Our never-ending quest for a better social status may be the main driving factor behind confidence and overconfidence, researchers at the University of California in Berkeley's (UCB) Haas School of Business explain.
Very frequently, people who are overconfident are actually less physically talented, less socially adept, and less skilled for the jobs they perform than they believe. It could be that overconfidence is a helpful ally in their quest to move up the ranks, but the foundations for this confidence may be lacking.
Haas experts say that, for example, most college professors (nearly 94 percent) say that they do above-average work with their students. A quick logic test shows that this is statistically impossible, since the performances of most people in a field dictate the average.
The new study therefore raises a very interesting question. If being overconfident has so many serious disadvantages, why is it that it still persists, and permeates the ranks of modern societies to this date?
Obviously, the performances and decision-making abilities of overconfident people are impaired, experts say. One explanation could be that the lure of social status may be responsible for promoting this behavior.
According to Haas School associate professor Cameron Anderson, a coauthor of the new paper, the “studies found that overconfidence helped people attain social status.” Details of the work appear in a paper entitled “A Status-Enhancement Account of Overconfidence.”
University of Navarra IESE Business School assistant professor of managing people in organizations, Sebastien Brion, also contributed to the research, as did Haas associate professor of management Dan Moore, and Wharton School of Business postdoctoral fellow Jessica A. Kennedy.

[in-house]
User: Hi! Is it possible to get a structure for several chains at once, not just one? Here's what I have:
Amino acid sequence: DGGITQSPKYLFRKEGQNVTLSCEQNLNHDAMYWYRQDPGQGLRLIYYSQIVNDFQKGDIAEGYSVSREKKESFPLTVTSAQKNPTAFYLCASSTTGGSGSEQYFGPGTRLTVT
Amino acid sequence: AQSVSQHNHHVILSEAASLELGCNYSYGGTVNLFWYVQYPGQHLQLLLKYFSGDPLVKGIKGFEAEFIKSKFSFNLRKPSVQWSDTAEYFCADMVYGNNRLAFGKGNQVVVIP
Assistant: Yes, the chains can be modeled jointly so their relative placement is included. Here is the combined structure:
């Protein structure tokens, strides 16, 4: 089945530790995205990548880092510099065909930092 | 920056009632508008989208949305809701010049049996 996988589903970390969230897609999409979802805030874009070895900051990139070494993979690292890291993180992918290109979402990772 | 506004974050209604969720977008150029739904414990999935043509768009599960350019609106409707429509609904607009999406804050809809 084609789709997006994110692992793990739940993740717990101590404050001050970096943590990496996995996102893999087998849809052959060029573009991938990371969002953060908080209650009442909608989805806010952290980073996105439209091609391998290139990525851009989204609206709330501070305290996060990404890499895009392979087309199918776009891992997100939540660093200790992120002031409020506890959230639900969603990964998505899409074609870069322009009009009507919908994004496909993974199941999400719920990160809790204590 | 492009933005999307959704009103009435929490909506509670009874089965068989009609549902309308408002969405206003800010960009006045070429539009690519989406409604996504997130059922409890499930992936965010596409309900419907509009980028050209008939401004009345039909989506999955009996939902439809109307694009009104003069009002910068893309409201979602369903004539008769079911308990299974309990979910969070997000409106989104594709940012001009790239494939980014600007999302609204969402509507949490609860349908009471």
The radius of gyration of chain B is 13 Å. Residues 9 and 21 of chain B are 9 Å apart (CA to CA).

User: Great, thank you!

The paper will appear in an upcoming issue of the journal of Personality and Social Psychology.
“People who believed they were better than others, even when they weren’t, were given a higher place in the social ladder. And the motive to attain higher social status thus spurred overconfidence,” explains Anderson, who is the Lorraine Tyson Mitchell Chair in Leadership and Communication II at Haas.
For the purpose of this research, social status was defined as the amount of respect, prominence, and influence that people enjoy in the eyes of others. The study also suggests a reason why less competent employees are oftentimes promoted over better-prepared ones.
Scientists hope that the new study will enable those interested to stop overvaluing unsubstantiated confidence, and look instead for more objective indicators of ability and merit in the people they are responsible for.